MONTICELLO, NY — Seniors are calling, according to Health and Family Services Standing Committee chair Nadia Rajsz. They want to know “where they can get [vaccines]; they can’t get …
MONTICELLO, NY — Seniors are calling, according to Health and Family Services Standing Committee chair Nadia Rajsz. They want to know “where they can get [vaccines]; they can’t get an appointment online. It becomes overwhelming.”
Public health director Nancy McGraw has had those calls, too. “It’s heartbreaking,” she said. There are a lot of people waiting for their turn and, at the moment, there are no vaccines to give them.
County staff and legislators talked last Thursday at the committee meeting about the state’s control over who can be vaccinated, where they can be vaccinated and who can administer the shots. Those mandates have repercussions in rural counties, where a high senior population, small-staffed pharmacies, online registration and no public transportation are conspiring to complicate vaccine distribution.
The list of the vaccine-eligible in New York grows longer this month, as underlying conditions like cancer, heart conditions, developmental disabilities and Type 1 or 2 diabetes are added. Age won’t matter in that case.
But first, the vaccines need to be there. According to a state press release from February 11, “The federal government has increased the weekly supply by more than 20 percent over the next three weeks, but New York’s vast distribution network and large population of eligible individuals still far exceed the supply coming from the federal government.”
As they wait, Sullivan’s public health department is getting ready.
They’re working with public safety commissioner Rick Sauer, with emergency management, the Department of Public Works and the sheriff’s office “on our emergency plan to scale up and get ready to pick a date in March to go to SUNY Sullivan. I have the volunteers ready,” said McGraw.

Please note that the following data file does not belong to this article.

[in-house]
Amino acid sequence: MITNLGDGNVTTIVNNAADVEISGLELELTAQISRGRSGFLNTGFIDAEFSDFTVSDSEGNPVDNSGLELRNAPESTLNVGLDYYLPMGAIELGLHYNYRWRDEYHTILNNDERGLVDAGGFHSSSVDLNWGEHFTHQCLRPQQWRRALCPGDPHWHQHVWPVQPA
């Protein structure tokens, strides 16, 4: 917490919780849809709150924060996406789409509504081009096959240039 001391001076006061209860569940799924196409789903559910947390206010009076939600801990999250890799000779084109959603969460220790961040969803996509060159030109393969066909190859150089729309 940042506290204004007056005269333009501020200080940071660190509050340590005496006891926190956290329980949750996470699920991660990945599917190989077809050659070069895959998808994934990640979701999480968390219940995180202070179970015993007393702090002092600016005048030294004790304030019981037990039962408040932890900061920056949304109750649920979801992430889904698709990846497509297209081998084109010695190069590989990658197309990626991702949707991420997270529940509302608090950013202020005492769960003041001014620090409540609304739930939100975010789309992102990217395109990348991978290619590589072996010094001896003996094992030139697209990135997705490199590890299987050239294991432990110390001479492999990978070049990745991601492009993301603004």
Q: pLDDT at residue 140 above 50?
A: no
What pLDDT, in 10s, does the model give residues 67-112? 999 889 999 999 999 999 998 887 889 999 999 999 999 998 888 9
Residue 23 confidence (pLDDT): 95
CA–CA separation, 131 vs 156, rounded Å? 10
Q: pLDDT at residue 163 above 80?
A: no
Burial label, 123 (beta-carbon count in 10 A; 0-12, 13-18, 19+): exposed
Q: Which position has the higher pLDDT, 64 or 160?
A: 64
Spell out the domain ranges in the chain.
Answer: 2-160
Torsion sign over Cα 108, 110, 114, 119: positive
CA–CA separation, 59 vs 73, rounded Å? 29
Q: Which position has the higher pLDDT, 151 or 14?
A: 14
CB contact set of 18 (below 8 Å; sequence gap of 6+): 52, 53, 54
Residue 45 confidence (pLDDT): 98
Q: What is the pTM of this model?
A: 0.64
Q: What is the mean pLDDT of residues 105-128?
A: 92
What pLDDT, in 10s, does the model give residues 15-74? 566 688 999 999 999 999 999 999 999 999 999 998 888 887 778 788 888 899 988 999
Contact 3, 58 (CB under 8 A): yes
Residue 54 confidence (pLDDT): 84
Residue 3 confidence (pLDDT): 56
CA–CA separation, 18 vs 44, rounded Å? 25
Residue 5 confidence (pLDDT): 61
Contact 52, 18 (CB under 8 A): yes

She, director of communications Dan Hust, family services commissioner John Liddle and others are “making sure that we have [vaccinators] appropriately credentialed and vetted and we know that they’re licensed, they’re trained to provide vaccines.
Who gets the shots? “When we get the vaccine, we also get instructions on who we’re allowed to give it to,” McGraw said.
Rajsz asked if they were considering traveling to more remote towns to immunize especially those who can’t travel, who couldn’t get to SUNY Sullivan. Legislator Joe Perrello asked whether it made more sense to bring everyone to a central hub.
Yes, said McGraw. “There’s a lot of moving parts and pieces to this,” and COVID-19’s been a different experience from past diseases; “from week to week, we’ll know what’s expected of us, who we can give it to and how much we’re getting.”
If they can get permission for a mobile vaccine clinic, Sun River Health has a set-up and is “happy to have us partner with them,” she said.
Then there are the pharmacies. The state has decided that pharmacies are the primary access point for seniors’ vaccines. “We’re pushing back on that... In this county, we have a lot of independent pharmacies and one or two larger ones,” McGraw said.
“Unfortunately,” said legislator Alan Sorensen, “the state has decided to supersede plans that have been in place at the county level for decades now. Otherwise, this would probably be rolling out much more smoothly. But... we’ve got to have faith in Nancy and her team. They’re doing what they need to do in accordance with the cards that were dealt to them from the state.”
As legislators talked about the people they hear from in need of vaccines, McGraw reminded them that the state tells her what to do and whom to vaccinate. “We received a one-time allocation of 600 vaccines for the seniors 65 and up,” she said. “That was it.”
The county will get more when it gets more. “We’re continuing to ask,” she stressed.
“Complicated,” said Ira Steingart.
“It’s a fiasco from the start,” said Rajsz. “It’s nothing to do with our people. It has to do with the federal government, the state. The more people that are sticking their nose into this, the more complicated and convoluted it gets.”
Once upon a time, you walked in, got your shot and your arm was marked that you’d been vaccinated. “Like at a parade or something,” McGraw said. “It’s a lot more complicated than that [now]: we have to collect data, we have to collect more immunization data” so that the state knows when high-risk groups have been vaccinated and what percentage of the population.
“We will continue to push out more information as more pharmacies come online,” she said, advising people to check the county’s website. “We just ask everybody to please be patient because this is going to take a while.”
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